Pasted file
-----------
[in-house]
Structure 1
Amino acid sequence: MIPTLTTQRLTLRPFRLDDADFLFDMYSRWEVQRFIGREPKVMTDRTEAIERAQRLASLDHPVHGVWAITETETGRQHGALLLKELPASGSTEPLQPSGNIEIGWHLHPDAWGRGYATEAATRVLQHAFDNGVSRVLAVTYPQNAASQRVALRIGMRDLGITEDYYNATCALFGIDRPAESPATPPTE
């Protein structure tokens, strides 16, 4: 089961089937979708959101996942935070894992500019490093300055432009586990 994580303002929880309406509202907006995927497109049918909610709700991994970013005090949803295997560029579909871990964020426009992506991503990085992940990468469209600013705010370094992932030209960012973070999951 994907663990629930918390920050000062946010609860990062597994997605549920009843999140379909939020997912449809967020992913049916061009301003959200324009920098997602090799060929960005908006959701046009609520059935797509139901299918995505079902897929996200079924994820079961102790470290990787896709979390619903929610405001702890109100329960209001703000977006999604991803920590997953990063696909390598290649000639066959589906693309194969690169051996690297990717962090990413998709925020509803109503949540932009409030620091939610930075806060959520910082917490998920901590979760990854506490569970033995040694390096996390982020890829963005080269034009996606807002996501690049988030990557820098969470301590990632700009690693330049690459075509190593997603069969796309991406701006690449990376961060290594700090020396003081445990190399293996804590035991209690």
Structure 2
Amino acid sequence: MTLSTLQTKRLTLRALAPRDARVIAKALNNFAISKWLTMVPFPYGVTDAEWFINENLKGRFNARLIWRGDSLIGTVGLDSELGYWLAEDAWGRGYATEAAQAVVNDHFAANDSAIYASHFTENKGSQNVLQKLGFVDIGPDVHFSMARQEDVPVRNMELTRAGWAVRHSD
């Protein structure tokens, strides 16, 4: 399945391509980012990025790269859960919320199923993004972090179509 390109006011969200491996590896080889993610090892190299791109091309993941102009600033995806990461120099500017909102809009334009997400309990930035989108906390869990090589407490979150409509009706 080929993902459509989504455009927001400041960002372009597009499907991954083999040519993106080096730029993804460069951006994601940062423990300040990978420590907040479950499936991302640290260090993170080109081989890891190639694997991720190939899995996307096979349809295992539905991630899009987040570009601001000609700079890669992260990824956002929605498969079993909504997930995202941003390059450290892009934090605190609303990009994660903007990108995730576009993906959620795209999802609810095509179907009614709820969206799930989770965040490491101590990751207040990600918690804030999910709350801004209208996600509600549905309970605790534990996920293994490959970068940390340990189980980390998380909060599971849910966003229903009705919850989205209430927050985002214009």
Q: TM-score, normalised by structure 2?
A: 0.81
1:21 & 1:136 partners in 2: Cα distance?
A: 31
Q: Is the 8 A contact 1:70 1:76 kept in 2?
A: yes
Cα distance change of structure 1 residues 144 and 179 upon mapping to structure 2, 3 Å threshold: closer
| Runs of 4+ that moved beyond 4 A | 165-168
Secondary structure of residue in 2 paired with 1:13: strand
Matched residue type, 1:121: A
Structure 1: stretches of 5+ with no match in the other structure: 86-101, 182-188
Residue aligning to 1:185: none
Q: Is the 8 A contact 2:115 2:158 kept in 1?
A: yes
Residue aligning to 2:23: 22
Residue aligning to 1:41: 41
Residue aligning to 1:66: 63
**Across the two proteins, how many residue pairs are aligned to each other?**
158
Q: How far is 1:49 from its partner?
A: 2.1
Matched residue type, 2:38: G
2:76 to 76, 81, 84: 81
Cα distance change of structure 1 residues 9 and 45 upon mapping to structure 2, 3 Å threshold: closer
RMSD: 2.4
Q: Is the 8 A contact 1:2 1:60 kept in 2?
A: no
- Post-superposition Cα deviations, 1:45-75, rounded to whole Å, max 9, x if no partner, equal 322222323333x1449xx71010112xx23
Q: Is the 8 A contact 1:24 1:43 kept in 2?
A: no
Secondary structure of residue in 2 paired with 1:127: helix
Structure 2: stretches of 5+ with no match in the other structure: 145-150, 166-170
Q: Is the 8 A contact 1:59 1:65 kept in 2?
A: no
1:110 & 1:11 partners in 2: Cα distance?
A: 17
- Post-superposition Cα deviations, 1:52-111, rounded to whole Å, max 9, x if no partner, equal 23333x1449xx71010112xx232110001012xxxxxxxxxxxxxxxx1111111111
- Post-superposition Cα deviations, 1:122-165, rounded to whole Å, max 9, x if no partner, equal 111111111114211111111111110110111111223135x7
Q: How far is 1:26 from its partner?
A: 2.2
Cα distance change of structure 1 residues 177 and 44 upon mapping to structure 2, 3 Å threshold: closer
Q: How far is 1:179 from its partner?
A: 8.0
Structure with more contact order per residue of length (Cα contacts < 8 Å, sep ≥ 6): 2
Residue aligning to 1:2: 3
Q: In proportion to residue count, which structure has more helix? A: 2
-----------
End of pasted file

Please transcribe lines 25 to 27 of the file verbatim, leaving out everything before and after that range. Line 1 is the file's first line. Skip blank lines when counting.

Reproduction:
**Across the two proteins, how many residue pairs are aligned to each other?**
158
Q: How far is 1:49 from its partner?